During our small room assessment, the Dr. Infrared DR-968 did fairly well. Starting with a room temperature of 62.4 degrees this space heater was able to raise the temperature 8.6 degrees in one hour. The first 20 minutes of operation was especially impressive for the Dr. — it brought the room temperature up 5.2 degrees during this relatively short period.


Power Consumption


To determine energy costs we used a wattmeter to measure the amount of kilowatts each device consumes in an hour. We are then able to take this number and multiply it by the national average price of a kilowatt per hour to project costs for periods such as 10 hours, a month, 6 months, or a year.


The Dr. Infrared DR-968 is a moderately efficient space heater. At the time of this review, the average energy cost in kilowatts per hour in the United States was 13 cents. After 10 hours of heating on full blast, the Dr. used 13.3 kWh, which translates to $1.75 in costs for that period. Even running around the clock for 365 days, the going rate for running this model will be approximately $1500 — this is relatively cheap to operate considering that it's a 1500 watt device.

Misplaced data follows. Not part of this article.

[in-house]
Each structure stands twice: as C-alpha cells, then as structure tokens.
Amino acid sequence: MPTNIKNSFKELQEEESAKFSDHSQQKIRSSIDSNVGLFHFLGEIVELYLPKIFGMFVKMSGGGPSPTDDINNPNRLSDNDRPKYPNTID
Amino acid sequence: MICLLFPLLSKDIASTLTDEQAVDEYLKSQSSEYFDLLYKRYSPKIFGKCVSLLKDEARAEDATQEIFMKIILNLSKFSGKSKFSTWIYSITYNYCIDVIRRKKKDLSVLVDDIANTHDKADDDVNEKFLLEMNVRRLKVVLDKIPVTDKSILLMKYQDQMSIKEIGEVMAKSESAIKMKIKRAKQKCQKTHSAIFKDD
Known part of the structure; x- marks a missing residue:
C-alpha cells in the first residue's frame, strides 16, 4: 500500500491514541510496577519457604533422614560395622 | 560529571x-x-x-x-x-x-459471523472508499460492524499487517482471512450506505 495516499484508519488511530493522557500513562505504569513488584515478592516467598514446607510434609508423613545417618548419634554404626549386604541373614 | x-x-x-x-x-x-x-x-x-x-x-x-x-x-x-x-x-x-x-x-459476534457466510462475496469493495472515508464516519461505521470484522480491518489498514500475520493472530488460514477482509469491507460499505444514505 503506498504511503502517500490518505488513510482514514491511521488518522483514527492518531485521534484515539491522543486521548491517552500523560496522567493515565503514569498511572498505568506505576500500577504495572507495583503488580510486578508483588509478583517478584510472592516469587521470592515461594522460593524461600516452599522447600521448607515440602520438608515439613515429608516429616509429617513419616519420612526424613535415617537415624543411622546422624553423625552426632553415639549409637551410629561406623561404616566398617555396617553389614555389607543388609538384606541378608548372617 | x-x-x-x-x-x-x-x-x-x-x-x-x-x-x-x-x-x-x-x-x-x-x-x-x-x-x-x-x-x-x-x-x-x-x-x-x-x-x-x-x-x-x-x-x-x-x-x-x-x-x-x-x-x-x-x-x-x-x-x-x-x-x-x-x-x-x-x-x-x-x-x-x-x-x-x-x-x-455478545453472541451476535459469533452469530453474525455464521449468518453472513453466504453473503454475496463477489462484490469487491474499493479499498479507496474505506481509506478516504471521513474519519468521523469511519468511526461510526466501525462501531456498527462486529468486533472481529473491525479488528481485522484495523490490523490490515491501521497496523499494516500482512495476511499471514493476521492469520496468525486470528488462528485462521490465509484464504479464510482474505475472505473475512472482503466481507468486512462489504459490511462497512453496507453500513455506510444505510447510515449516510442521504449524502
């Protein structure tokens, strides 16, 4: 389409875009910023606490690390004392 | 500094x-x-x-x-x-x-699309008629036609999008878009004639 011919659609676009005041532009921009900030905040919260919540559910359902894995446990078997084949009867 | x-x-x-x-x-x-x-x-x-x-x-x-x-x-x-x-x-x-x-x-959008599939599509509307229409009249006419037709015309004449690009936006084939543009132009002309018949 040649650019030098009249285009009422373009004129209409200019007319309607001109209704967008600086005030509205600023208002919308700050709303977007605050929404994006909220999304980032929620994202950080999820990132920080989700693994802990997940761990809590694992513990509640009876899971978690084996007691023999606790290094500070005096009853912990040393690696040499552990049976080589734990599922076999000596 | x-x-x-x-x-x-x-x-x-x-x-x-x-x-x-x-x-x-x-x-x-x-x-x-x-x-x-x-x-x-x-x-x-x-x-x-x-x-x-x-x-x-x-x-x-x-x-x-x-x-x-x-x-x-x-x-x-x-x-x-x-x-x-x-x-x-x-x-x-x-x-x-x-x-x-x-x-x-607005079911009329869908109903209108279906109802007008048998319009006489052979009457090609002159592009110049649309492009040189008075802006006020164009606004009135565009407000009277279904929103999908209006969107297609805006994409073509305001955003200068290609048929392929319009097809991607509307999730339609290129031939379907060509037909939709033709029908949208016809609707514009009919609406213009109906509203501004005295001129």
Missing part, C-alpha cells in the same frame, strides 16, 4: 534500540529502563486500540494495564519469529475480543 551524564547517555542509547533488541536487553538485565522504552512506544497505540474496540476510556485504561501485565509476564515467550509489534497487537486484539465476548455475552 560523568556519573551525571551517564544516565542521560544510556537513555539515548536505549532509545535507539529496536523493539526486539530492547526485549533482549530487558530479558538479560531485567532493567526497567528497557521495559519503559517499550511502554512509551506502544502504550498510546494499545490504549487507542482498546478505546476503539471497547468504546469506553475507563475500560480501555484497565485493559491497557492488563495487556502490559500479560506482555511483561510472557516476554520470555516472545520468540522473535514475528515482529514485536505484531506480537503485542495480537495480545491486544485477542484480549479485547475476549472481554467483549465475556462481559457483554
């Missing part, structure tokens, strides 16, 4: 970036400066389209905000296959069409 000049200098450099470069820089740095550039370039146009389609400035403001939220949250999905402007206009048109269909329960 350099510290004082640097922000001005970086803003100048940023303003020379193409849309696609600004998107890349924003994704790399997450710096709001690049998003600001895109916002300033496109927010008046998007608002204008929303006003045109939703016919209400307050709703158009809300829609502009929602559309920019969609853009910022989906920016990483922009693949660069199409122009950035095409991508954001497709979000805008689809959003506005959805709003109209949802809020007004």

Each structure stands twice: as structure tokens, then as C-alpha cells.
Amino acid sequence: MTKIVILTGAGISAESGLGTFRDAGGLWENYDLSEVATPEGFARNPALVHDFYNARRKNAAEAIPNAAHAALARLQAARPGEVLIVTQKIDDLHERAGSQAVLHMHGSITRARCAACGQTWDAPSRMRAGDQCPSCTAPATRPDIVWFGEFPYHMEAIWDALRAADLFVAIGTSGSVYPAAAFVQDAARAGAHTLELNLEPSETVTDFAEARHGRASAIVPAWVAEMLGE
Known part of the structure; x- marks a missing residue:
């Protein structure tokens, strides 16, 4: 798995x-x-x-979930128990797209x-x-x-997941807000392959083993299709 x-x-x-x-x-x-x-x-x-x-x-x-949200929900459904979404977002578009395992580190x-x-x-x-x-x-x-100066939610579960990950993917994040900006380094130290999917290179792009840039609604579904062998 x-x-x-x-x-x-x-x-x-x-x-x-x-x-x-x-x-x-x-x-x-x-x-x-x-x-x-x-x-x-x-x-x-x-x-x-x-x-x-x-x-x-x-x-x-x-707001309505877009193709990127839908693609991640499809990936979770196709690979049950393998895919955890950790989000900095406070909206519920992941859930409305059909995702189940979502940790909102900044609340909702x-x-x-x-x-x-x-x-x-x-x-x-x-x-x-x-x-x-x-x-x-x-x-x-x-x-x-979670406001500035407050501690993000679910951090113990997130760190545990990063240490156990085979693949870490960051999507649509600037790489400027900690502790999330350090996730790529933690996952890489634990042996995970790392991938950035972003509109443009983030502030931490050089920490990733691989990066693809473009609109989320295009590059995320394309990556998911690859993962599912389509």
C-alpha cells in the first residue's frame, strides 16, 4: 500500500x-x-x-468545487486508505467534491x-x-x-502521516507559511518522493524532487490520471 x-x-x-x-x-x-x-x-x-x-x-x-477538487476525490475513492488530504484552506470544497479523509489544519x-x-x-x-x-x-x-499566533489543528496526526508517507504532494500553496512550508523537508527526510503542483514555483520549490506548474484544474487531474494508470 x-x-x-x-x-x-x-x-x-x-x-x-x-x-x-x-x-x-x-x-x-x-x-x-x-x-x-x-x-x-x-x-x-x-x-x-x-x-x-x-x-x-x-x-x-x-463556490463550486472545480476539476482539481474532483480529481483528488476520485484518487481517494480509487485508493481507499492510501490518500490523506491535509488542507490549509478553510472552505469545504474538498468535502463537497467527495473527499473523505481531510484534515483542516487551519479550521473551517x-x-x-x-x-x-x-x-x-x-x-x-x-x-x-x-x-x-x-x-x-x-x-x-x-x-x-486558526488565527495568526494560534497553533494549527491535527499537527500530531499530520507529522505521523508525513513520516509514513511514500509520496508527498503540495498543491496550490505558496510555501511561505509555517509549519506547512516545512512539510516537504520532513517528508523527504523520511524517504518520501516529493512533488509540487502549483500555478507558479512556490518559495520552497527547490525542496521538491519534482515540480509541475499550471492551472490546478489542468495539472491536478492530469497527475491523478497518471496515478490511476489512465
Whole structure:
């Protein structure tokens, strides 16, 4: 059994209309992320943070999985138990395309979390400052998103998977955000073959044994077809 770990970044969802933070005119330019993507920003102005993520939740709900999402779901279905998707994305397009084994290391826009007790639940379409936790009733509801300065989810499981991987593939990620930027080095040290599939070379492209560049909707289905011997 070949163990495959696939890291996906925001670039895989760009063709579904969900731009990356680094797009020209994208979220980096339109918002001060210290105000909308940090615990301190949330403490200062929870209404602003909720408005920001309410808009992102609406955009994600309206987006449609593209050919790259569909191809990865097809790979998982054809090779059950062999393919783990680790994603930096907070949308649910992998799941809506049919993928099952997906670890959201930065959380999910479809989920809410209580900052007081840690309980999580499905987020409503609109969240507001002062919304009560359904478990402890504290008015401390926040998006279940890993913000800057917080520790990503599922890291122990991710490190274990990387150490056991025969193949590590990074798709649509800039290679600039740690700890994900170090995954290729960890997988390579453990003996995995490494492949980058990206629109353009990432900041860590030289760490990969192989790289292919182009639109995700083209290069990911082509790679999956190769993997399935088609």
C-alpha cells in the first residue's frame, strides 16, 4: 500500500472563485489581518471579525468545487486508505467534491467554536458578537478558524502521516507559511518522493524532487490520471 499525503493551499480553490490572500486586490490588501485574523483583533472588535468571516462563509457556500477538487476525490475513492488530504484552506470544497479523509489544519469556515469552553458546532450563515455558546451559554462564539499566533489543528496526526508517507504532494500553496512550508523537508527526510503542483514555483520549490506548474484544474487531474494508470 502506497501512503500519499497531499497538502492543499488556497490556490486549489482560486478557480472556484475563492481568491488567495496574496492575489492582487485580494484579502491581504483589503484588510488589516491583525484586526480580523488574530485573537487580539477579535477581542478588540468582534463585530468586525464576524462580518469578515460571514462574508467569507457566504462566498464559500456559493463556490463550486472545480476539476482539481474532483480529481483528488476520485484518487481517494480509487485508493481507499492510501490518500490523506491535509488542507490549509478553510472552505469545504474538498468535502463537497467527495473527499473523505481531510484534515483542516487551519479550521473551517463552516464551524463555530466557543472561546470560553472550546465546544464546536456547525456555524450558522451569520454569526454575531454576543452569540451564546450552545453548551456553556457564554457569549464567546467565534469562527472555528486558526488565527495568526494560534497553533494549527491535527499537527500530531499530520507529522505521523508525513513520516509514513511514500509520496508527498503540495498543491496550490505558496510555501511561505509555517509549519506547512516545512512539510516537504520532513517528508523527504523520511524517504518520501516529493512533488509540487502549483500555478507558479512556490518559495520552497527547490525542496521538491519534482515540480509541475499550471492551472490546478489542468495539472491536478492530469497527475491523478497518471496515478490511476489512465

We used a wattmeter to measure kilowatts per hour of consumption for...
We used a wattmeter to measure kilowatts per hour of consumption for each space heater.
Credit: Laura Casner

Value


The Dr. Infrared DR-968 is a bit on the pricey side, but considering the functionality of this type of space heater and its great deal of efficiency it's a solid choice. That said, ceramic element heaters are generally cheaper than infrared models so if the price is a deciding factor for you, it might make sense to go with a cheaper model

Conclusion


We found the Dr. Infrared to be a phenomenal infrared space heater overall. Although it lacks oscillation, this model did a great job at heating a small room, is perfect for use in a living room, and we loved the controls on the remote and on the heater itself.

Ross Patton and Austin Palmer